• Ad revenue for network and local television is also slowly slip-sliding away — much of it to cable, whose top three “news” channels are enjoying lusty profits and viewership gains. As Michael Gerson points out, cable “news” outlets “have forsaken objectivity entirely and produce little actual news, since makeup for [talk-show] guests is cheaper than reporting.” He also reiterates something that I’ve pounded here many times: As people’s lives get more frantic and the media pie fragments into thousands of narrow slices, news consumers turn to stations, networks, papers, and Web sites that comport with their political preferences.Some folks are “customizing” Web pages, making sure that everything that hits their eyeballs matches their favorite subjects and political preferences.As legal scholar Cass Sunstein writes in his newest book on information in a democracy, the Internet “is serving, for many, as a breeding group for extremism, precisely because like-minded people are deliberating with greater ease and frequency with one another.” Americans are increasingly getting their information, Sunstein notes, “in a customized form, by subscribing to e-mails and RSS feeds on their favorite topics and skipping subjects they find less congenial.” RSS stands for “really simple syndication,” which in and of itself has a worrisome ring to it. • Read this, too, traditional journalists, and weep: The person who, three years running, has ranked as young people’s No. He is a comedian with not a whit of journalistic training.Stewart has been a French horn player, a busboy, a bartender, a puppeteer, and a stand-up comic.Sorry, there is no juicy sex scandal that I know enough about to describe. Above a recent eulogy for the profession by columnist Michael Gerson, the Washington Post called it “Journalism’s slow, sad death.” Come on, I can do better than that. Gerson even dredged up a phrase that hasn’t seen sunlight since my college textbooks were published half a century ago.But in these harried, information-overload times when Americans are gravitating to short, sensationalist stories, partisan rants, and celebrity gossip, I had to get your attention. The “journalistic tradition of nonpartisan objectivity,” he calls it.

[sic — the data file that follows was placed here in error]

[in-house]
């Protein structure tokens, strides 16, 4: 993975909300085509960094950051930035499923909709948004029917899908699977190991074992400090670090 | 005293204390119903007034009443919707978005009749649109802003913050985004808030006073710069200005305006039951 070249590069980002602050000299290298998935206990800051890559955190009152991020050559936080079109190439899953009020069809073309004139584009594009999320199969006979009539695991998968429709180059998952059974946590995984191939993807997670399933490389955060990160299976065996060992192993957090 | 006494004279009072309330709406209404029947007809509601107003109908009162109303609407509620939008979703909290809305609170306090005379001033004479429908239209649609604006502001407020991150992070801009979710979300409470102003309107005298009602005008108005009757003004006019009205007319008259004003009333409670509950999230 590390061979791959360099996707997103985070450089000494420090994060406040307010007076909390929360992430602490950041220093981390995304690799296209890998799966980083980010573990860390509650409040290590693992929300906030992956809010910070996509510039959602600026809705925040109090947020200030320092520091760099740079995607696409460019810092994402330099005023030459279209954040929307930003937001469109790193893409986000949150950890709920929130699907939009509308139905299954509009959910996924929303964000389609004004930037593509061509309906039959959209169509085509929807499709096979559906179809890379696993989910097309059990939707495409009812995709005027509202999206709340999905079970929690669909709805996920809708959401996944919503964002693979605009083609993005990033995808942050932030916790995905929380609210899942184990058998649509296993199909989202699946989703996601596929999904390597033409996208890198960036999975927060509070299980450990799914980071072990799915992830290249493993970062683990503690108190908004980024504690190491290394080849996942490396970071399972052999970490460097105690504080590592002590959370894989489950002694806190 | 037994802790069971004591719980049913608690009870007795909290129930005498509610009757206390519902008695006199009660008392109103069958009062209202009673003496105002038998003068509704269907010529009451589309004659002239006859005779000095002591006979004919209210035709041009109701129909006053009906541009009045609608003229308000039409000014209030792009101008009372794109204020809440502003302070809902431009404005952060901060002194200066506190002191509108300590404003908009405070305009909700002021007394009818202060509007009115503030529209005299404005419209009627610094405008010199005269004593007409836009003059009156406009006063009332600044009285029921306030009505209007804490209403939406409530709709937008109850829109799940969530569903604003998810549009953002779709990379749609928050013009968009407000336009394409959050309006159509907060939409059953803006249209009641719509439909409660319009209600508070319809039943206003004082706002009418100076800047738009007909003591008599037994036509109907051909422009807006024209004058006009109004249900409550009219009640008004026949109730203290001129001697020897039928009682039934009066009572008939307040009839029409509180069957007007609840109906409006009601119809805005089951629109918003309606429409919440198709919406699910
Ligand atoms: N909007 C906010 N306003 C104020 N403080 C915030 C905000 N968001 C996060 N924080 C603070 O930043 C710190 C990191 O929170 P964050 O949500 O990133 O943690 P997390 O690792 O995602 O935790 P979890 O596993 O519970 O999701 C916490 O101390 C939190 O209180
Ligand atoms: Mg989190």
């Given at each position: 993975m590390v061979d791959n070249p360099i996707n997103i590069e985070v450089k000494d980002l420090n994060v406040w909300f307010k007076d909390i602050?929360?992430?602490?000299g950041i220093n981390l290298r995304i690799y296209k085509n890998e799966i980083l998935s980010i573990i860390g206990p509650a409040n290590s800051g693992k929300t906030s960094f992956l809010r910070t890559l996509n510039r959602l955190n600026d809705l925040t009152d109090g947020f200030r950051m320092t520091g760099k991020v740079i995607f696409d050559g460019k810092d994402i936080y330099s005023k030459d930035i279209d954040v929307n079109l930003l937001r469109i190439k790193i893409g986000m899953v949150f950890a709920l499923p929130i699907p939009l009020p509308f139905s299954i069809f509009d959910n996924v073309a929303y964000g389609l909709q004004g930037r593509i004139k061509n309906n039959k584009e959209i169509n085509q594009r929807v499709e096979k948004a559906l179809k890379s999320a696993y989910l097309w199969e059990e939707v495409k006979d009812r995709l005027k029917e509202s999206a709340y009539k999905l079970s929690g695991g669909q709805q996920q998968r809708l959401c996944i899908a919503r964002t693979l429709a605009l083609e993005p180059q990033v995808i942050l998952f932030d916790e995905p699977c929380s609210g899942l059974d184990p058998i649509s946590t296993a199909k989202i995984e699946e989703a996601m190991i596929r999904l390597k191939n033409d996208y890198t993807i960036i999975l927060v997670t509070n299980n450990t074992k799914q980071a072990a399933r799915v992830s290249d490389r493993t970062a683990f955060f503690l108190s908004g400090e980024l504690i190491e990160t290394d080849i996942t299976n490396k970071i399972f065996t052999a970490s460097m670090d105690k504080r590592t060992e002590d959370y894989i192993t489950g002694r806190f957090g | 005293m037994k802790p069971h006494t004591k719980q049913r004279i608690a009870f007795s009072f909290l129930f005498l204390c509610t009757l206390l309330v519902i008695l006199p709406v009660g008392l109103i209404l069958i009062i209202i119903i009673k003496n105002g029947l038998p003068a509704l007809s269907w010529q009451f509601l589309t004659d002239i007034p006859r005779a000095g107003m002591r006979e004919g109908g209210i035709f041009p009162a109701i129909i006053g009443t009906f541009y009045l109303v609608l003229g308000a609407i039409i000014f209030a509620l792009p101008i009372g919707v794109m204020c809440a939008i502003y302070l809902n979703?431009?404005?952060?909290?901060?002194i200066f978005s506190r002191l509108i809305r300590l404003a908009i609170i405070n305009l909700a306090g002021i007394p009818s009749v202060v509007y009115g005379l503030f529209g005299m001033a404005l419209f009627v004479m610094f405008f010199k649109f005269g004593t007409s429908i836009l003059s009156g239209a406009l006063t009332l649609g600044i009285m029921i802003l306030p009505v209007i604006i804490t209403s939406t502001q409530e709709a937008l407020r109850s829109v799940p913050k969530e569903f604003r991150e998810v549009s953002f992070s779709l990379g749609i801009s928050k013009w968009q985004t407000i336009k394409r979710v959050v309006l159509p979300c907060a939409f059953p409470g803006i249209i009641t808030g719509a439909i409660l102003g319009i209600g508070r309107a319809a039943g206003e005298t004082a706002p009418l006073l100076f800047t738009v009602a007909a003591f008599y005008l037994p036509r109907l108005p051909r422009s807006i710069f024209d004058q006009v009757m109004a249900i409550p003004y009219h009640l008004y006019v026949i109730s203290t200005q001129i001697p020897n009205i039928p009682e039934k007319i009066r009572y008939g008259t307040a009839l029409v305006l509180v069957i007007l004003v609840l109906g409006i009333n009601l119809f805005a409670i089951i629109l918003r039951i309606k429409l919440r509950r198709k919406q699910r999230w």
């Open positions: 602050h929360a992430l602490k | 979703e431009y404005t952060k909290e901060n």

Just some of the grief for the news biz: • Publishers whose print products are hemorrhaging readers and ad dollars have yet to figure out an online business model that works.
Even the Columbus Dispatch has slashed its statehouse coverage, and it’s published a couple of blocks away Ohio’s capital city!
• And if you think things are dire in the newspaper world, you should hang out in the offices of American news magazines. News & World Report doesn’t even offer print editions any more, save for monthly rankings of colleges, cars and the like.
While this turned some of them haughty and indifferent to stories of interest to young people and ethnic communities, it comforted readers, viewers, and listeners that somebody, somewhere was asking questions and checking facts.
Now, as one content manager told the Pew Project, news consumers must judge the veracity of reports for themselves, allowing for “all sorts of unfiltered, untrained, and unethical yahoos to donate public comments.” That is a bit harsh, but, as the Pew Project concluded, “power is shifting to the individual journalist and away, by degrees, from journalistic institutions.
As Louis Menand wrote in the November 2 New Yorker magazine’s “Talk of the Town,” “The market for news is narrowing down to those who need an ideological fix” in a media spectrum in which “bias is increasingly taken for granted.” I, on the other hand, have always delighted in picking up the paper and reading the unexpected — carefully vetted and artfully written stories about all sorts of things I didn’t even know were happening — rather than searching out, over and over again, viewpoints that I already share. But when they tried to charge readers for this content, few people paid.